acted with “deliberate indifference” toward
“a substantial risk of serious harm to health, ”
Coscia v. Town of Pembroke, 659 F.3d 37, 39 (1st
Cir. 2011), or “serious medical need, ”
Feeney v. Corr. Med. Servs., 464 F.3d 158, 161 (1st
Cir. 2006) (quoting Estelle v. Gamble, 429 U.S. 97,
105 -106 (1976)). To carry his burden, Plaintiff must satisfy
both an objective and a subjective standard. Leavitt v.
Corr. Med. Servs., 645 F.3d 484, 497 (1st Cir. 2011).
objective standard focuses on the seriousness of the risk of
harm to the inmate's health. For a medical condition to
be objectively “serious, ” there must be “a
sufficiently substantial ‘risk of serious damage to
[the inmate's] future health.'” Farmer v.
Brennan, 511 U.S. 825, 843 (1994) (quoting Helling
v. McKinney, 509 U.S. 25, 35 (1993)). A medical need is
serious if it has been diagnosed by a physician as mandating
treatment, or is so obvious that even a lay person would
recognize a need for medical intervention. Leavitt,
645 F.3d at 497; Gaudreault v. Mun. of Salem, 923
F.2d 203, 208 (1st Cir. 1990), cert. denied, 500
U.S. 956 (1991).
subjective standard involves the culpability of the
defendant. To establish liability, a plaintiff must establish
that a defendant possessed a culpable state of mind amounting
to “deliberate indifference to an inmate's health
or safety.” Farmer, 511 U.S. at 834 (internal
quotation marks omitted). Deliberate indifference is akin to
criminal recklessness, “requiring actual knowledge of
impending harm, easily preventable.” Feeney,
464 F.3d at 162 (quoting Watson v. Caton, 984 F.2d
537, 540 (1st Cir. 1993)). The focus of the deliberate
indifference analysis “is on what the jailers knew and
what they did in response.” Burrell v. Hampshire
Cnty., 307 F.3d 1, 8 (1st Cir. 2002). In other words,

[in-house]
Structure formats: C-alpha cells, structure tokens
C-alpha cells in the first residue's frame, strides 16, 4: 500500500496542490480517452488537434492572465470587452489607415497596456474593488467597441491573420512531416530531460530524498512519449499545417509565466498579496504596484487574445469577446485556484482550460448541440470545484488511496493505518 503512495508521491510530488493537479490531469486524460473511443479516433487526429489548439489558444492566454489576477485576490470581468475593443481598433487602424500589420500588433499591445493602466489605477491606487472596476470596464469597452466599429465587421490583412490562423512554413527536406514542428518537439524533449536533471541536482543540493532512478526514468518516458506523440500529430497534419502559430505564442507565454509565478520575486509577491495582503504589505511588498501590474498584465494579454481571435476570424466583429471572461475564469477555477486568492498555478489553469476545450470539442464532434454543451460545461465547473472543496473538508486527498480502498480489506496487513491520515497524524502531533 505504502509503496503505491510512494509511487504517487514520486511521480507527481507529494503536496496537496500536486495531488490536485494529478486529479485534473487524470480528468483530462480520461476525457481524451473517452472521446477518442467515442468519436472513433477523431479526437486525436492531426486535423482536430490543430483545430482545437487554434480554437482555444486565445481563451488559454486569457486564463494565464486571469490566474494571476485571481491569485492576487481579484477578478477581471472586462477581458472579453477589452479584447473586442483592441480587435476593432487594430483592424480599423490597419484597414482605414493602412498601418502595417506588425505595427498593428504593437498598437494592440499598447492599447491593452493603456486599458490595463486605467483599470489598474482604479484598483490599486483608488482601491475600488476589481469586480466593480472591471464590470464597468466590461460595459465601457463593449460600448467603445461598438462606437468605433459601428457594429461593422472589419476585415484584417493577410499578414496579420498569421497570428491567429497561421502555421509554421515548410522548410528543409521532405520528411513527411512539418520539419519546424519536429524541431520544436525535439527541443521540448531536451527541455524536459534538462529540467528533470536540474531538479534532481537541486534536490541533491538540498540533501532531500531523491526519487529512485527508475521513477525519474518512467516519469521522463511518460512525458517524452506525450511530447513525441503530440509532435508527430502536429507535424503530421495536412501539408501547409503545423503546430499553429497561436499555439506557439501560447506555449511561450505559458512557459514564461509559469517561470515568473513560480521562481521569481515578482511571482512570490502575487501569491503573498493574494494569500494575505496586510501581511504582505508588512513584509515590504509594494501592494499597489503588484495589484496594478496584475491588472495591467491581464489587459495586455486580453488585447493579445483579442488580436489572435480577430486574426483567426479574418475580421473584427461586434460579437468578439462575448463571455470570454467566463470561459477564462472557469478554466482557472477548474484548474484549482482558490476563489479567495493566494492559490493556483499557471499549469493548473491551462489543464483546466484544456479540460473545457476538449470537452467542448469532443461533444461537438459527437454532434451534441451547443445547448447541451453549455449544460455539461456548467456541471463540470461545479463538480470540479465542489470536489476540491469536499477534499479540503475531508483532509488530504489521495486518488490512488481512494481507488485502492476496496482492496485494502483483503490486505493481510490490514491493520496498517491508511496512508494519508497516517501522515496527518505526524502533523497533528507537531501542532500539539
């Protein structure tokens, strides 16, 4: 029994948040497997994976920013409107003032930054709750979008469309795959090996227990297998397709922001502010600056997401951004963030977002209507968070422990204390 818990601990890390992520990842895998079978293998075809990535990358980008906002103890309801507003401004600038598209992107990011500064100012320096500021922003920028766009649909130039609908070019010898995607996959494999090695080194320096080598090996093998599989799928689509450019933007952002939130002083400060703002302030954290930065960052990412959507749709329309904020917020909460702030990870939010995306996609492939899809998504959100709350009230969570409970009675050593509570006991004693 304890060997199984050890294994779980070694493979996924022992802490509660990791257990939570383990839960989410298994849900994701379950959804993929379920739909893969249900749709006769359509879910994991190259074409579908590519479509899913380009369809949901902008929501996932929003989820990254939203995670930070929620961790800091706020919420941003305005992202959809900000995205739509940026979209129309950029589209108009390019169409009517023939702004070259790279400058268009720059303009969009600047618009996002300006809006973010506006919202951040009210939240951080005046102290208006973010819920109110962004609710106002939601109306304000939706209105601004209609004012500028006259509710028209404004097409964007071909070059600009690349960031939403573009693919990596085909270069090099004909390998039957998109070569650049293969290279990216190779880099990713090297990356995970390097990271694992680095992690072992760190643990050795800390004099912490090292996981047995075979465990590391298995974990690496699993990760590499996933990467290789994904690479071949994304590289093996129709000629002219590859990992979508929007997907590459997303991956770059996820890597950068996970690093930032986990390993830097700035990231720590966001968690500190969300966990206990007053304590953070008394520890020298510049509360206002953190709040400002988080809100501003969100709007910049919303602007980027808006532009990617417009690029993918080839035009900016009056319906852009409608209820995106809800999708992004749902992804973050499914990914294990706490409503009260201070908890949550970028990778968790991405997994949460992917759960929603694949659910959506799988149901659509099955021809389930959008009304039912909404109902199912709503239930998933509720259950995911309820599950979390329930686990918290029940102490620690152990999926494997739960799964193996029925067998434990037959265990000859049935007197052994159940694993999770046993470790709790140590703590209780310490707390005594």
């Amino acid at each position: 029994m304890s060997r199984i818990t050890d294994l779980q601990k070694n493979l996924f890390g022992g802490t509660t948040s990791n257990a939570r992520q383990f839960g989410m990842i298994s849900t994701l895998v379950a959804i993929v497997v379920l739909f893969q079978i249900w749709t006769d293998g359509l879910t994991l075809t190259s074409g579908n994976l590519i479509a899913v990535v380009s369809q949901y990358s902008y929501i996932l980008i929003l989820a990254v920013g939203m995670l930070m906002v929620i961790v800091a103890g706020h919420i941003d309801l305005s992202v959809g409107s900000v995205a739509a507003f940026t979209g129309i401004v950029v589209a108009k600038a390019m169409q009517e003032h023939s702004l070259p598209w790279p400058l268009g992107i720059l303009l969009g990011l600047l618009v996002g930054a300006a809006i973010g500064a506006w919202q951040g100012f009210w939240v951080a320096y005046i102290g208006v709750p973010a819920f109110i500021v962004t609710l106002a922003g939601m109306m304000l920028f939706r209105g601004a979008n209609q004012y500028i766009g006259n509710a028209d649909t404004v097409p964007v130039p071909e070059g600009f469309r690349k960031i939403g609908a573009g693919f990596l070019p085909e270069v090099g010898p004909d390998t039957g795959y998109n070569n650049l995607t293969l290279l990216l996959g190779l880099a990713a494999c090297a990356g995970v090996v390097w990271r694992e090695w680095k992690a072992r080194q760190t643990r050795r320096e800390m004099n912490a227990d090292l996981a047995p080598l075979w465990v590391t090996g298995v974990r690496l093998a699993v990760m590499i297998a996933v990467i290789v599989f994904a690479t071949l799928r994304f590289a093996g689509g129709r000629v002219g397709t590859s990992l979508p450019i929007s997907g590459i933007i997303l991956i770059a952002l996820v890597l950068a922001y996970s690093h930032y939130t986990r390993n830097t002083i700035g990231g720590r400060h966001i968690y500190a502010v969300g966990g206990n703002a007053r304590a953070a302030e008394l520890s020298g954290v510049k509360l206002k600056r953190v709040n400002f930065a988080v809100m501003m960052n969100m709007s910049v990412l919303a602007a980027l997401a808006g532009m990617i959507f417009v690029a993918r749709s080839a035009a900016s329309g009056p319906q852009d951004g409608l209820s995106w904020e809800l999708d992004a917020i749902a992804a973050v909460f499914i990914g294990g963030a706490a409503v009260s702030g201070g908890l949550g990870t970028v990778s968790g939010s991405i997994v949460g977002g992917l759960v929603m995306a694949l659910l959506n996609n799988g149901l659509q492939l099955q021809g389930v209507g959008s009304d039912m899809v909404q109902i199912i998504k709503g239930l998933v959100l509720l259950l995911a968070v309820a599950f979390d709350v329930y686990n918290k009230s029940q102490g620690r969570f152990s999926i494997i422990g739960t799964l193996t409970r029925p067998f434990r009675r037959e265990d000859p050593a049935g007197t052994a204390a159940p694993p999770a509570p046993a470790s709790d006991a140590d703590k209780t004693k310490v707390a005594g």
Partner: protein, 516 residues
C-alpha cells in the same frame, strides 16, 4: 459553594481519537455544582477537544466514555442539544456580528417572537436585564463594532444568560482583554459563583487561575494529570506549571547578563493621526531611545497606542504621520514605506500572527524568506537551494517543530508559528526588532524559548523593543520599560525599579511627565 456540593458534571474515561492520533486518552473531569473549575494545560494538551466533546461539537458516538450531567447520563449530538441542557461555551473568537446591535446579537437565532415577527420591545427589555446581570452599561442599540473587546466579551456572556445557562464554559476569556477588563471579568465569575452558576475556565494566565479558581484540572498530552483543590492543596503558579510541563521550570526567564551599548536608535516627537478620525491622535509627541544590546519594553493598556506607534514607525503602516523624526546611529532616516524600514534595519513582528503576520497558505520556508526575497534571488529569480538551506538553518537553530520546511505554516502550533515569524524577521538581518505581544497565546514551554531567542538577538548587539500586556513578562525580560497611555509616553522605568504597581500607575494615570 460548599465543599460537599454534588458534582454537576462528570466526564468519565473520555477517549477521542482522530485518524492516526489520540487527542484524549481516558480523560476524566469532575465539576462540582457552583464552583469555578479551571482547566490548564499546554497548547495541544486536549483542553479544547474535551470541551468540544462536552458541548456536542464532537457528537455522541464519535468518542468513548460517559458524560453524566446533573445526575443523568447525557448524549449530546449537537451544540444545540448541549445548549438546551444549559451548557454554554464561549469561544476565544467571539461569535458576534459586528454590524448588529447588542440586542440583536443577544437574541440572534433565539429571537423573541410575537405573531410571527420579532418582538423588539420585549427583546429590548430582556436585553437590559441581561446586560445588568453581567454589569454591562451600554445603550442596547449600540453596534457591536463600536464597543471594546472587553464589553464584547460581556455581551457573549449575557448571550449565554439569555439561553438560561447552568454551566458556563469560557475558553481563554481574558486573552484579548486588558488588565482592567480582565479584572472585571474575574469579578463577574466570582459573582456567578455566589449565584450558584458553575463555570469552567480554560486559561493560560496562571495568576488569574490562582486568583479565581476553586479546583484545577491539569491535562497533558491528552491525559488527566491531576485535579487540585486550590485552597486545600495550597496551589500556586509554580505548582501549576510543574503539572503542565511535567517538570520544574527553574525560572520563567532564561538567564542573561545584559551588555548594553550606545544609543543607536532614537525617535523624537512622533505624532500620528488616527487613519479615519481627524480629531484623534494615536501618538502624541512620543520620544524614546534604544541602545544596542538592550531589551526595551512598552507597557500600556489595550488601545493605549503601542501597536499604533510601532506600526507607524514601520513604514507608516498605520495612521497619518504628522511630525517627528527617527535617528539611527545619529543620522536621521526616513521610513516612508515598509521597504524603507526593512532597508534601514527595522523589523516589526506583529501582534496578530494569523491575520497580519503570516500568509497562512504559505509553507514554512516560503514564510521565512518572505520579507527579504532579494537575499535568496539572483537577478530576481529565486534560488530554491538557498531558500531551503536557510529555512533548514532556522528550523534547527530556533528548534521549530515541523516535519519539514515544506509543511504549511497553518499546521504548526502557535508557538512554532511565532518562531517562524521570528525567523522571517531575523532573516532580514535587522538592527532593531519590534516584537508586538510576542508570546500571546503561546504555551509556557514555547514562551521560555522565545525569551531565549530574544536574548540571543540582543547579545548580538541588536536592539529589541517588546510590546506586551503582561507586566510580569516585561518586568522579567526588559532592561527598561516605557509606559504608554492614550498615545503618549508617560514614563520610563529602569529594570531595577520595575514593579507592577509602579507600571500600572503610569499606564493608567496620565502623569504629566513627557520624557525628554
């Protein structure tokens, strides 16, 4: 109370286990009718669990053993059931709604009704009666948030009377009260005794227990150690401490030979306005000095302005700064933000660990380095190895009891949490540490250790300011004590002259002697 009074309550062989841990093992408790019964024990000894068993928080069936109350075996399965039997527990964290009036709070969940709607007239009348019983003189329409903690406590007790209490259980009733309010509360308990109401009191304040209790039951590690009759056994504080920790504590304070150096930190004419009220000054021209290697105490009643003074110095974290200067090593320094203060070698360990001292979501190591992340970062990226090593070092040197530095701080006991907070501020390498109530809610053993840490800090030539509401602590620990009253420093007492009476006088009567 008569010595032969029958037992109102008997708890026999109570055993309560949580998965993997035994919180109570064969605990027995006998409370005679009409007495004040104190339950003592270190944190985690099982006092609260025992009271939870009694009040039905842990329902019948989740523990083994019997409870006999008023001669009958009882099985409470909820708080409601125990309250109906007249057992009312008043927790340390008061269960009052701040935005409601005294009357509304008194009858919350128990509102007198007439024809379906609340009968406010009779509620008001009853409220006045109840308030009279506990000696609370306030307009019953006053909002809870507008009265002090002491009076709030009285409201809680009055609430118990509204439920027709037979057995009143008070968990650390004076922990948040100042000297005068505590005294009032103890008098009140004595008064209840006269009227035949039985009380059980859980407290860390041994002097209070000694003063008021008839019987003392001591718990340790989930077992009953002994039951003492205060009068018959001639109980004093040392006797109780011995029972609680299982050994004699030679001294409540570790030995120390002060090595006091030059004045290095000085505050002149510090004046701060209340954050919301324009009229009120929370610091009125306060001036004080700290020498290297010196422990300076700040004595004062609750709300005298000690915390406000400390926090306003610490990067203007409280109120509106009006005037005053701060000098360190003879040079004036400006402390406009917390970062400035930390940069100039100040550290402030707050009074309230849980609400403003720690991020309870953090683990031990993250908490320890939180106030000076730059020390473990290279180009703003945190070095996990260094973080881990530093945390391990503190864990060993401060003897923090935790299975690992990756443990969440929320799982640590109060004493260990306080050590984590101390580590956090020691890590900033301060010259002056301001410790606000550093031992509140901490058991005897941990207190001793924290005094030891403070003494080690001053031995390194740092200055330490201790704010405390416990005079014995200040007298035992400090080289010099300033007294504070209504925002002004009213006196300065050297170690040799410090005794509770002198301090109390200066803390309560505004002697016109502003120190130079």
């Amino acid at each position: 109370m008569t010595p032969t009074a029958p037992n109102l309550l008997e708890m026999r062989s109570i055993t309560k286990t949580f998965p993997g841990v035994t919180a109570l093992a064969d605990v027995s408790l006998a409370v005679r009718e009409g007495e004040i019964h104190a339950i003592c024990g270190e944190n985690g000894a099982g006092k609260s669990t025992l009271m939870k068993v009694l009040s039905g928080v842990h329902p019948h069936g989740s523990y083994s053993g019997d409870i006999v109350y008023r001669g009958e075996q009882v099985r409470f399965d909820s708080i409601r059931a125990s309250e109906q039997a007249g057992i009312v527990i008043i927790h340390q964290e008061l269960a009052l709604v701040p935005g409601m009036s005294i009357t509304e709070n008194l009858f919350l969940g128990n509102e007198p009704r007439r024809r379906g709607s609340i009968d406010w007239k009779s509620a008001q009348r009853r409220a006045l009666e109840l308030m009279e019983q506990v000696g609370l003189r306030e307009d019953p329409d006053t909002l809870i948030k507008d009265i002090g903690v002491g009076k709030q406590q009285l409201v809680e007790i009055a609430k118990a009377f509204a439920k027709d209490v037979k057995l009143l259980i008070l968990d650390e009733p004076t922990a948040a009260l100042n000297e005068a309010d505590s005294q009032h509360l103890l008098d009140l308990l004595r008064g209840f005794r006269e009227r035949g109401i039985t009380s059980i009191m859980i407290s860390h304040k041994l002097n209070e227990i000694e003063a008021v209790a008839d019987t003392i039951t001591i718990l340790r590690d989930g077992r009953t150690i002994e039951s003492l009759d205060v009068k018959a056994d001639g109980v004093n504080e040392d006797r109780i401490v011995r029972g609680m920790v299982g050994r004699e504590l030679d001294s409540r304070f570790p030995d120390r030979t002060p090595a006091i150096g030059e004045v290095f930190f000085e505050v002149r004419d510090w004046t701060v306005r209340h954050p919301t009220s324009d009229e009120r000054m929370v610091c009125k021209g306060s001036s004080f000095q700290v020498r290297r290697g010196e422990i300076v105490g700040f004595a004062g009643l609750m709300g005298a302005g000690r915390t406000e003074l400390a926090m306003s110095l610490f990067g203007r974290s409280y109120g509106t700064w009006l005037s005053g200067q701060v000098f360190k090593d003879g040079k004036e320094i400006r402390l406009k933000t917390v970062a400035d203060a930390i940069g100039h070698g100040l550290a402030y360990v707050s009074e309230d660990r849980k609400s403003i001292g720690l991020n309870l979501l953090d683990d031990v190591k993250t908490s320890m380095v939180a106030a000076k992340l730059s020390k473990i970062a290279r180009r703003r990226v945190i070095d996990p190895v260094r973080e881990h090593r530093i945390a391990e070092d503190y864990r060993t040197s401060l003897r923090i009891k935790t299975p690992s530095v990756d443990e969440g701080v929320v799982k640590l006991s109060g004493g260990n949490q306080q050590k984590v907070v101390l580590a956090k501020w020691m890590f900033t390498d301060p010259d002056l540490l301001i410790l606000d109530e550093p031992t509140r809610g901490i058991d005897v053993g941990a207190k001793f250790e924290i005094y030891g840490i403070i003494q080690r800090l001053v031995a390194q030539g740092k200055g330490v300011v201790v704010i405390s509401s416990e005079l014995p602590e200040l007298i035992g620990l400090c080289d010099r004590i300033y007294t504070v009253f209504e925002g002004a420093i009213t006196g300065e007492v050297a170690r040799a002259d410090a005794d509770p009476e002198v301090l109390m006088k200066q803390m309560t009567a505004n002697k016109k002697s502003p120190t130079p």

the subjective standard focuses on whether the Defendants had
a “purposeful intent” to neglect Plaintiff's
serious medical needs. Perry v. Roy, 782 F.3d 73, 79
(1st Cir. 2015) (citing Estelle, 429 U.S. at 105). A
showing of such an intent requires evidence that the alleged
absence or inadequacy of treatment was intentional.
Id. (citing Estelle, 429 U.S. at 105
(holding that “an inadvertent failure to provide
adequate medical care” is not a constitutional
violation), and Watson, 984 F.2d at 540 (“The
courts have consistently refused ... to conclude that simple
medical malpractice rises to the level of cruel and unusual
punishment.”)). “The typical example of a case of
deliberative indifference would be one in which treatment is
denied in order to punish the inmate.” Id.
(internal quotation marks omitted).
indifference thus must be based on much more than ordinary
negligence. The First Circuit has explained:
A finding of deliberate indifference requires more than a
showing of negligence. Estelle v. Gamble, 429 U.S.
97, 106 (1976) (holding that “[m]edical malpractice
does not become a constitutional violation merely because the
victim is a prisoner”); Sires v. Berman, 834
F.2d 9, 13 (1st Cir. 1987). A plaintiff claiming an eighth
amendment violation with respect to an inmate's serious
mental health or safety needs must allege “acts or
omissions sufficiently harmful to evidence deliberate
indifference.” Estelle, 429 U.S. at 106;
see also Cortes-Quinone v. Jimenez-Nettleship, 842
F.2d 556, 558 (1st Cir.), cert. denied, 488 U.S. 823
(1988). Although this court has hesitated to find deliberate
indifference to a serious need “[w]here the dispute
concerns not the absence of help, but the choice of a certain